For individuals and small businesses, many financial institutions have already responded by putting the needs of those customers first. PNC announced a special emergency loan program available to current customers that provides $1,000-$5,000 at a special, low interest rate. Citi has waived service fees for one month as well as early withdrawal fees for certificates of deposits.2 All of these are positive initial steps but much will be required in the coming months to continue to support customers.

      Small businesses will be particularly hard hit during this economic shock. Banks are the primary conduit between the nation's small businesses and the stimulus measures enacted through the CARES Act. Banks like Fifth Third voluntarily offered small-business clients payment and fee waivers for 90 days as well as loan modification options. Many other banks will need to do the same and support the flow of credit to small businesses as was intended by the government's stimulus. Furthermore, banks will need to utilize the relaxation of loan modification regulatory treatments to support restructuring and modification needs.

      The facilitation of credit for corporations and municipalities will also be imperative. While the funding markets for corporations have experienced disruptions in recent weeks, corporations have generally appeared to be able to draw on existing lines of credit without significant issue. Bank credit will be increasingly important for corporations in the near term, as public capital markets may not be optimal as expedient sources of capital. The slate of initiatives taken by the Federal Reserve to support market liquidity and financial intermediaries should also serve as a source of strength for this funding avenue.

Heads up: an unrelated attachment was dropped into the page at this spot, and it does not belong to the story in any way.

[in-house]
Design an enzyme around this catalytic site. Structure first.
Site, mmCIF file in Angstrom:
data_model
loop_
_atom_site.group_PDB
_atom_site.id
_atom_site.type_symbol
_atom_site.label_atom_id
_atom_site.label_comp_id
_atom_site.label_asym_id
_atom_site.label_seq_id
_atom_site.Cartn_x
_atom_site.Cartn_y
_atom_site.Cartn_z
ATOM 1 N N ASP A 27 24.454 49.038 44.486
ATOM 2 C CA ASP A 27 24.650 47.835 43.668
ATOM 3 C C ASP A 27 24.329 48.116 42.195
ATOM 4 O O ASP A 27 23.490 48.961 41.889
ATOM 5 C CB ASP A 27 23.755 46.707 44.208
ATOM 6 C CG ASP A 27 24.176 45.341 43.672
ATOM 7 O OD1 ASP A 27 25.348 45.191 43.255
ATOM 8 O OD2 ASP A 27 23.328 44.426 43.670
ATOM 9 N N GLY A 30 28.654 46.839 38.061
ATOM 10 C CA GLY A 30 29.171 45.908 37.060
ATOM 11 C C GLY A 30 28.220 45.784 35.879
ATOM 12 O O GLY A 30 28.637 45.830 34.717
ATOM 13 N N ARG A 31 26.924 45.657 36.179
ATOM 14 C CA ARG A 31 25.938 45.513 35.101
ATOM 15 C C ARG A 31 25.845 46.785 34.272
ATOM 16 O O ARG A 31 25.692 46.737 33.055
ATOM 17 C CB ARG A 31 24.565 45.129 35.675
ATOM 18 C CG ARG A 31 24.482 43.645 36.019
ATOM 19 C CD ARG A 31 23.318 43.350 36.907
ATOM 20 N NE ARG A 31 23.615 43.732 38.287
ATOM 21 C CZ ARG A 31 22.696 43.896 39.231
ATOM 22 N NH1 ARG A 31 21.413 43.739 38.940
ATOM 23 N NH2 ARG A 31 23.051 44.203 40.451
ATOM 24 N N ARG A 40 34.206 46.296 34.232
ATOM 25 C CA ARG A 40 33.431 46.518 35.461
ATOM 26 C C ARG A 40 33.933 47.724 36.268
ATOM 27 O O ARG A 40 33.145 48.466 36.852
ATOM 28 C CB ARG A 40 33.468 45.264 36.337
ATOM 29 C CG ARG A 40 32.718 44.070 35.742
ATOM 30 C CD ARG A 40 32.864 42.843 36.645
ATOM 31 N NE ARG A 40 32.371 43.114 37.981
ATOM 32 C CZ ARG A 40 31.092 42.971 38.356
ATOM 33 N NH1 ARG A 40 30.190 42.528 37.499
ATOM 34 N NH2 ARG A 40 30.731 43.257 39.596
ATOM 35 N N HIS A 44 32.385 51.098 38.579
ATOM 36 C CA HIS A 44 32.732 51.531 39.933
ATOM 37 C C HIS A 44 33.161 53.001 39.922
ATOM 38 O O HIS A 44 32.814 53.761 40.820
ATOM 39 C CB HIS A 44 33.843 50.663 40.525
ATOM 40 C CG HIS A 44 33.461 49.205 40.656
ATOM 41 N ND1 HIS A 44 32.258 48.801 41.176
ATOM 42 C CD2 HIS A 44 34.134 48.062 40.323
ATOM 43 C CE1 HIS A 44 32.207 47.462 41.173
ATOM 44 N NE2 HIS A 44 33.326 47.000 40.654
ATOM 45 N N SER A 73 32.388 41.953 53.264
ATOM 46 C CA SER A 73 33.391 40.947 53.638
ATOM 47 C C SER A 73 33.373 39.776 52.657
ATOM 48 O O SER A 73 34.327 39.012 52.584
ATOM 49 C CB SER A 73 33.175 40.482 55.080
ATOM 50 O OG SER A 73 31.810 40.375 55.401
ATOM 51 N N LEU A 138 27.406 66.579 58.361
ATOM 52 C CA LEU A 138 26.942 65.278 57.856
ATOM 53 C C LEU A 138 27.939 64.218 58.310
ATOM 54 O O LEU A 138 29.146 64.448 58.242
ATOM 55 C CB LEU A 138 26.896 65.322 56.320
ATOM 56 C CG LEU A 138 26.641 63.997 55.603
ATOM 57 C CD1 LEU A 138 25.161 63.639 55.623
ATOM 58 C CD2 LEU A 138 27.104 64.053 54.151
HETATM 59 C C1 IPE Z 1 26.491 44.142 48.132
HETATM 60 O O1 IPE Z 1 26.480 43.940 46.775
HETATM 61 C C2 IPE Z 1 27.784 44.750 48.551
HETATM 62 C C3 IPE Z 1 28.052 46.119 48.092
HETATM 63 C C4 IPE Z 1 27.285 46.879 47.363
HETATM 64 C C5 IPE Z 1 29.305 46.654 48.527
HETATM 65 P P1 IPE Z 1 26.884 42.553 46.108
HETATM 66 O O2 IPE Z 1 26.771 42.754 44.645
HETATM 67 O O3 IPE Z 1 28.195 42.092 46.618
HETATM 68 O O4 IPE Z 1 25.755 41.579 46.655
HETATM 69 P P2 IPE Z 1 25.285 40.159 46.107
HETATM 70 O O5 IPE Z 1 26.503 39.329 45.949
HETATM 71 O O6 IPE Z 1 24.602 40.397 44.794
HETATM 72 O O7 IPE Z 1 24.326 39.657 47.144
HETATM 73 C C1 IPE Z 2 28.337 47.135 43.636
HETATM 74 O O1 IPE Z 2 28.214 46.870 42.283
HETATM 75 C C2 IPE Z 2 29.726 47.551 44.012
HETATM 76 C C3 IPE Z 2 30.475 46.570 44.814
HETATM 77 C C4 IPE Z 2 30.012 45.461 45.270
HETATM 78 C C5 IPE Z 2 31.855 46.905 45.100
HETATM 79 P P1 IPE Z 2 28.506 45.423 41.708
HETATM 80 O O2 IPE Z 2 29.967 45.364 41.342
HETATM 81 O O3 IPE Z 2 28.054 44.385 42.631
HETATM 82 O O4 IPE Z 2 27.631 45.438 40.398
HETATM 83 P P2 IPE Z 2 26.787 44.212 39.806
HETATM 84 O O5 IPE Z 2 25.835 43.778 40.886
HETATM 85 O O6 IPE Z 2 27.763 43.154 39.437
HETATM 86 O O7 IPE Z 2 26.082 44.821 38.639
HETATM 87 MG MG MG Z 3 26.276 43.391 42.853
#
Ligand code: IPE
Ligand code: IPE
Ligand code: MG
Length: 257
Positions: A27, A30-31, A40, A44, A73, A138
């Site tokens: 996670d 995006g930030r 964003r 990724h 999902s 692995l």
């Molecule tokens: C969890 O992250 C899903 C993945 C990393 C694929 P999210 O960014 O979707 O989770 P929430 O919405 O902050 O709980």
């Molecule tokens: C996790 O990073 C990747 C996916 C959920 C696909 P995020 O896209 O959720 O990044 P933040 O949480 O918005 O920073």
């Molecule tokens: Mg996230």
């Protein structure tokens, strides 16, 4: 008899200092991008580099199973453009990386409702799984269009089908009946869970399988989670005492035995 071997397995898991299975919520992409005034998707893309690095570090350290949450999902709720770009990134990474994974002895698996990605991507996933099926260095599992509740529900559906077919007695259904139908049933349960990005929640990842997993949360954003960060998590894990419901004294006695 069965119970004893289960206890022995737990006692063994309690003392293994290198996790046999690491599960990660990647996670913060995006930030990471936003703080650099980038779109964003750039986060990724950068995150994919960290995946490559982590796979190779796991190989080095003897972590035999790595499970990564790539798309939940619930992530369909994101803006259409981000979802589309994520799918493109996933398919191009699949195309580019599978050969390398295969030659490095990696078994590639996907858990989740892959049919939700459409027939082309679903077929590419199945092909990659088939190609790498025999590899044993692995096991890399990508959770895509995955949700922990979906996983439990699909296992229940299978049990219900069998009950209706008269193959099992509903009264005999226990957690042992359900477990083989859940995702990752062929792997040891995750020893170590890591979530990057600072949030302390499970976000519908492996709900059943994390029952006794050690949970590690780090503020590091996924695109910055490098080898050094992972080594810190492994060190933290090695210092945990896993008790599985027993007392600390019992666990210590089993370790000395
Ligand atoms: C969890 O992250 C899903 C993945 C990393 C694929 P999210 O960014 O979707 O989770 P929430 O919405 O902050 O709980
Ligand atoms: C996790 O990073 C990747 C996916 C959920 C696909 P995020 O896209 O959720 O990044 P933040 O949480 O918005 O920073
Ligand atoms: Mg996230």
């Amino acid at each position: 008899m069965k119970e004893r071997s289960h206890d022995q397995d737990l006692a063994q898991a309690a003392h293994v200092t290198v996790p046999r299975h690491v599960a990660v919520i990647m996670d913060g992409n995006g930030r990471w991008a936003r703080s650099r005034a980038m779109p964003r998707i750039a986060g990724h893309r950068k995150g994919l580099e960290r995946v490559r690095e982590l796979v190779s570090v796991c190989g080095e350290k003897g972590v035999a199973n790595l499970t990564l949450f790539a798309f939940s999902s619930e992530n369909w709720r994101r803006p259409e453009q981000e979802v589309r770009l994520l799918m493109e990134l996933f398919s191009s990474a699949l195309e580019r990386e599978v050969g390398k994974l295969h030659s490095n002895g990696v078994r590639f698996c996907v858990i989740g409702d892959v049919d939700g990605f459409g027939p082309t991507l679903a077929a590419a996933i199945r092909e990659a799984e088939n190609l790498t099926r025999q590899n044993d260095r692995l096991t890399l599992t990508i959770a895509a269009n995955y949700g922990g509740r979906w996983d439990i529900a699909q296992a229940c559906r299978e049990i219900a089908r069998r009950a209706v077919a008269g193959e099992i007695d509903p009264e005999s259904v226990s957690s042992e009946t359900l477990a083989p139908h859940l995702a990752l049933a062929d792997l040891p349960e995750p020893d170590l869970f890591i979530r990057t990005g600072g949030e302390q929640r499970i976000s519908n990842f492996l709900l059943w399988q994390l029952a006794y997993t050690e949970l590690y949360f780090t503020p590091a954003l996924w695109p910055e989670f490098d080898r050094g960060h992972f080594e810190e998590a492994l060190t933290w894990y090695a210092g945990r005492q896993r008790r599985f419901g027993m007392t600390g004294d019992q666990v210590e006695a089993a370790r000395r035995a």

Acting in good faith now, meeting and exceeding commitments to clients, and serving the unique needs of customers large and small through this tumultuous period can advance a firm's ability to acquire and retain clients, deepen relationships, bolster reputations and brand value, and, ultimately, provide shareholders with the best position to capture value over the long term.

      Employee health, safety and well-being

      Financial services firms have some of the most highly educated and technologically competent workforces in the American economy. This allows for considerable portions of bank workforces to take advantage of remote work options and exercise social distancing. However, many other roles are essential to maintaining financial exchanges and facilitating the flow of credit through the economy during times of need.

      Thus far, there have been encouraging efforts to maintain the physical and financial health of employees across the financial services sector. Intercontinental Exchange moved the NYSE to all electronic trading to keep employees and the trading community safe.3 Morgan Stanley's James Gorman has publicly pledged to avoid any layoffs through the duration of 2020. Citigroup's Michael Corbat has also suspended all cuts to staff until further notice. Many other banks are waiving sick leave for employees impacted by COVID-19.4

      Firms that do everything in their power to keep employees safe and on the payroll during this period of stress likely will engender respect and goodwill in the marketplace for decades, enabling the acquisition and retention of top talent and supporting value creation for shareholders over the long term.

      Bottom line: America's banking system entered the COVID-19 crisis in a position of relative financial strength that should provide it with ample opportunity to effectively serve individual customers, corporate clients, employees and policymakers in this period of great need. Those financial institutions that balance the needs of stakeholders throughout the course of the pandemic and beyond will be best able to capture the inevitable flight to quality, gain market share and position shareholders to capture value over the long term.